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Pre-Christian Religions of the North: Sources

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Earl Hákon and Sigmundur seeks good fortune for an upcoming sea journery from Þorgerðr Hörgabrúðr.


[excerpt from] Fær ch. 23b

23b. Þorgerðr Hörgabrúðr

Það er nú að segja frá Si...

Of Sigmund it must now be tol...

[status: unverified copy]



Færeyinga Saga, the saga of the Faroe Islands, tells the story of how the Faroe Islanders were converted to Christianity and became a part of Norway.

The saga is believed to have been written in Iceland in the early 13th century. The original manuscript of the saga is lost. However, certain passages have been copied in other sagas, such as Óláfs saga Tryggvasonar en mesta, Flateyjarbók, and AM 62 fol.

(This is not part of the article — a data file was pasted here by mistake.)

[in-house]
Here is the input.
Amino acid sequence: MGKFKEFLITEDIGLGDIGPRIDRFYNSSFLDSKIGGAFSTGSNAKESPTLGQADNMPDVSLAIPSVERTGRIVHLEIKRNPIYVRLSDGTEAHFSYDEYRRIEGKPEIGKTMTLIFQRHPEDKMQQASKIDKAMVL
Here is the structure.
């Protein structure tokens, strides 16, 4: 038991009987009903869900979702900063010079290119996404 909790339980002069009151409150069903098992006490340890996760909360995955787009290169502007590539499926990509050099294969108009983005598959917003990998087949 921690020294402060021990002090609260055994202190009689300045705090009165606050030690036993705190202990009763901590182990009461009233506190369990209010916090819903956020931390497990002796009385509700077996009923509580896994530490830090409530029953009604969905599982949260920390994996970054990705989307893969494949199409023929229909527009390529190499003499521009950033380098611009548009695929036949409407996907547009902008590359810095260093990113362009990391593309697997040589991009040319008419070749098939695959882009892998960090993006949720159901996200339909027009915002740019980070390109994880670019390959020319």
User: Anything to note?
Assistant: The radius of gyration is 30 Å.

Þorgerðr’s second name appears in the following forms, Hǫlga-, Hǫlda-, Hǫrða-, Hǫrga-brúðr, and Hǫlga-, Hǫlda-, Hǫrða-, Hǫrga-troll.

See, for example, Storm, G., ‘Om Thorgerd Hölgebrud’ Arkiv II (1885) 124 ff. and “Jómsvíkinga saga. The saga of the Jomsvikings”, in Icelandic Texts, (eds.) Sigurður Nordal and G. Turville-Petre (1962), Thomas Nelson and Sons Ltd, Toronto/New York pp.51-52.

(Contributed by Liv Marit Aurdal.)


Main text: Færeyinga saga

Attributes: sea journey Woman Female Sacrifice Ship Female prophetess Seiðr Vǫlva Sea Second sight Ring

Named things:

Text sections: unattrib Fær 23bII


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